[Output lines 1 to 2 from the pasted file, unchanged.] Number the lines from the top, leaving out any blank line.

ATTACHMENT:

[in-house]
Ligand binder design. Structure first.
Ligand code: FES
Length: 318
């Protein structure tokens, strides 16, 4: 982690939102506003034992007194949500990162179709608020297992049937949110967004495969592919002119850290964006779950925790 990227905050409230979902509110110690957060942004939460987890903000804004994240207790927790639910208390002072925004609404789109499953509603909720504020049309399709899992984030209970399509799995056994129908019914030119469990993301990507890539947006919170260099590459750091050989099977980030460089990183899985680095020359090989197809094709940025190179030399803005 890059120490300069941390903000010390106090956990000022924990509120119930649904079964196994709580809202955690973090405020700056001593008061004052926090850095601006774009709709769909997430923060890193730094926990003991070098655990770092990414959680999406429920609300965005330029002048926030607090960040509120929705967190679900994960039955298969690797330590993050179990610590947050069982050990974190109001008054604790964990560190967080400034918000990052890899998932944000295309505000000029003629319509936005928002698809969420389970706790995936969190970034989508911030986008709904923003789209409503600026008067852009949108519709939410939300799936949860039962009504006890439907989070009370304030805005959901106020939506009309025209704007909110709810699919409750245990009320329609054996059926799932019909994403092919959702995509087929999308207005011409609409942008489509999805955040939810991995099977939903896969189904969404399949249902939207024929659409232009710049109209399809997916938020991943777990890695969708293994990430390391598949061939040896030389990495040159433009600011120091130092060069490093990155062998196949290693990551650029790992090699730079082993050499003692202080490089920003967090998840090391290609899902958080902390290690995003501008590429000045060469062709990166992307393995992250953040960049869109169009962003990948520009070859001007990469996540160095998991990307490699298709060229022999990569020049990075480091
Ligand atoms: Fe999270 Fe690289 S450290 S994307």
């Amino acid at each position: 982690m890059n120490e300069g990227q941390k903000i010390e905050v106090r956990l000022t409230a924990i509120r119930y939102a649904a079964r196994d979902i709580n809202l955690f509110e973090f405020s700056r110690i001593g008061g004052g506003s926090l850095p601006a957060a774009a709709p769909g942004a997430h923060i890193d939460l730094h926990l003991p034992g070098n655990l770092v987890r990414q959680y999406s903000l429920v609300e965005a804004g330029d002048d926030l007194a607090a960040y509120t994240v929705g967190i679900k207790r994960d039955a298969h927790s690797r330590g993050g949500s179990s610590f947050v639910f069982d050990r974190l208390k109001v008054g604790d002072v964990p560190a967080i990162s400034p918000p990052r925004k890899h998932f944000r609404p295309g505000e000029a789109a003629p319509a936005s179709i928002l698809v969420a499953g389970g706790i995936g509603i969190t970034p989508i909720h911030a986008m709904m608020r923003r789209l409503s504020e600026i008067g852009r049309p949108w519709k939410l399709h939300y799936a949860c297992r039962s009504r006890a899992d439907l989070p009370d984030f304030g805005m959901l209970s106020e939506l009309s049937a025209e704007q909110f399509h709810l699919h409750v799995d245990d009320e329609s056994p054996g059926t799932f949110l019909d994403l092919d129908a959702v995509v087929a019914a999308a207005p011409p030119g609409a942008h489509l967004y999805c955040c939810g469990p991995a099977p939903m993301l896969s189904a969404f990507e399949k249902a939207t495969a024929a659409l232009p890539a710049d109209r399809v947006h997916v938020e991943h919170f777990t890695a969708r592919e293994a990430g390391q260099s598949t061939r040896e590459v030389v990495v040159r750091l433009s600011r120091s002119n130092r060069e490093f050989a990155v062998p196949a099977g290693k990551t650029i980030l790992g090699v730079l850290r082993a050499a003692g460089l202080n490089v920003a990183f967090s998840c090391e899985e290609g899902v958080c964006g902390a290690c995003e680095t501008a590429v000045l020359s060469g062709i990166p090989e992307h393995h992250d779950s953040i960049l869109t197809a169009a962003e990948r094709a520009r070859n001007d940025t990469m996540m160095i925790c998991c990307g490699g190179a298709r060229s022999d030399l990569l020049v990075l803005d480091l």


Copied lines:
[in-house]
Ligand binder design. Structure first.